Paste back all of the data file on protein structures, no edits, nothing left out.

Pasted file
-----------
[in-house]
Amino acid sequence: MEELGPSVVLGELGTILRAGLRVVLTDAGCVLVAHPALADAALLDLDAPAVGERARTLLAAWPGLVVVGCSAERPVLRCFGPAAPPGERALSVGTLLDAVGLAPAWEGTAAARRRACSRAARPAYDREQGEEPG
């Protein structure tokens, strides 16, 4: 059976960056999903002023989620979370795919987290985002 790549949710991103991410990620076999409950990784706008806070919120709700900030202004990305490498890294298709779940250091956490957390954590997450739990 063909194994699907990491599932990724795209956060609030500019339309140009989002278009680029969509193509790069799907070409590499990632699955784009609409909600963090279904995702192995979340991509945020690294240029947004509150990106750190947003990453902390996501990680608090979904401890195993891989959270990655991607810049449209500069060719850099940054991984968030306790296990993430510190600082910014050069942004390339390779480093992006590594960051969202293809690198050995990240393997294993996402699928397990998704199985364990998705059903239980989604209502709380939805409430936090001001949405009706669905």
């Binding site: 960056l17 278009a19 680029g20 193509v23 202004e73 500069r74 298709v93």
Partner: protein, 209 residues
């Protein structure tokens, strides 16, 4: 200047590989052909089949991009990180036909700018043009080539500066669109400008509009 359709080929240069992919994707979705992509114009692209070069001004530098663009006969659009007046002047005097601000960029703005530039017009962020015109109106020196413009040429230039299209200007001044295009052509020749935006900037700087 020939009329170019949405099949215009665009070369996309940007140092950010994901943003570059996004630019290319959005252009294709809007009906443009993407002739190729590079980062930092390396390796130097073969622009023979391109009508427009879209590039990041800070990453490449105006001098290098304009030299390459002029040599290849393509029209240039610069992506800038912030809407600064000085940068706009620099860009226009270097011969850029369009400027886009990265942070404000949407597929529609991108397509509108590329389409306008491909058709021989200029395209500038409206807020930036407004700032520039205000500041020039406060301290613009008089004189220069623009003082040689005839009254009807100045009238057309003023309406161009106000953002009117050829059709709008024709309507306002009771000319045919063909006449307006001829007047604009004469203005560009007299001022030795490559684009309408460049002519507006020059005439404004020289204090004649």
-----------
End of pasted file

[in-house]
Amino acid sequence: MEELGPSVVLGELGTILRAGLRVVLTDAGCVLVAHPALADAALLDLDAPAVGERARTLLAAWPGLVVVGCSAERPVLRCFGPAAPPGERALSVGTLLDAVGLAPAWEGTAAARRRACSRAARPAYDREQGEEPG
């Protein structure tokens, strides 16, 4: 059976960056999903002023989620979370795919987290985002 790549949710991103991410990620076999409950990784706008806070919120709700900030202004990305490498890294298709779940250091956490957390954590997450739990 063909194994699907990491599932990724795209956060609030500019339309140009989002278009680029969509193509790069799907070409590499990632699955784009609409909600963090279904995702192995979340991509945020690294240029947004509150990106750190947003990453902390996501990680608090979904401890195993891989959270990655991607810049449209500069060719850099940054991984968030306790296990993430510190600082910014050069942004390339390779480093992006590594960051969202293809690198050995990240393997294993996402699928397990998704199985364990998705059903239980989604209502709380939805409430936090001001949405009706669905």
């Binding site: 960056l17 278009a19 680029g20 193509v23 202004e73 500069r74 298709v93």
Partner: protein, 209 residues
């Protein structure tokens, strides 16, 4: 200047590989052909089949991009990180036909700018043009080539500066669109400008509009 359709080929240069992919994707979705992509114009692209070069001004530098663009006969659009007046002047005097601000960029703005530039017009962020015109109106020196413009040429230039299209200007001044295009052509020749935006900037700087 020939009329170019949405099949215009665009070369996309940007140092950010994901943003570059996004630019290319959005252009294709809007009906443009993407002739190729590079980062930092390396390796130097073969622009023979391109009508427009879209590039990041800070990453490449105006001098290098304009030299390459002029040599290849393509029209240039610069992506800038912030809407600064000085940068706009620099860009226009270097011969850029369009400027886009990265942070404000949407597929529609991108397509509108590329389409306008491909058709021989200029395209500038409206807020930036407004700032520039205000500041020039406060301290613009008089004189220069623009003082040689005839009254009807100045009238057309003023309406161009106000953002009117050829059709709008024709309507306002009771000319045919063909006449307006001829007047604009004469203005560009007299001022030795490559684009309408460049002519507006020059005439404004020289204090004649």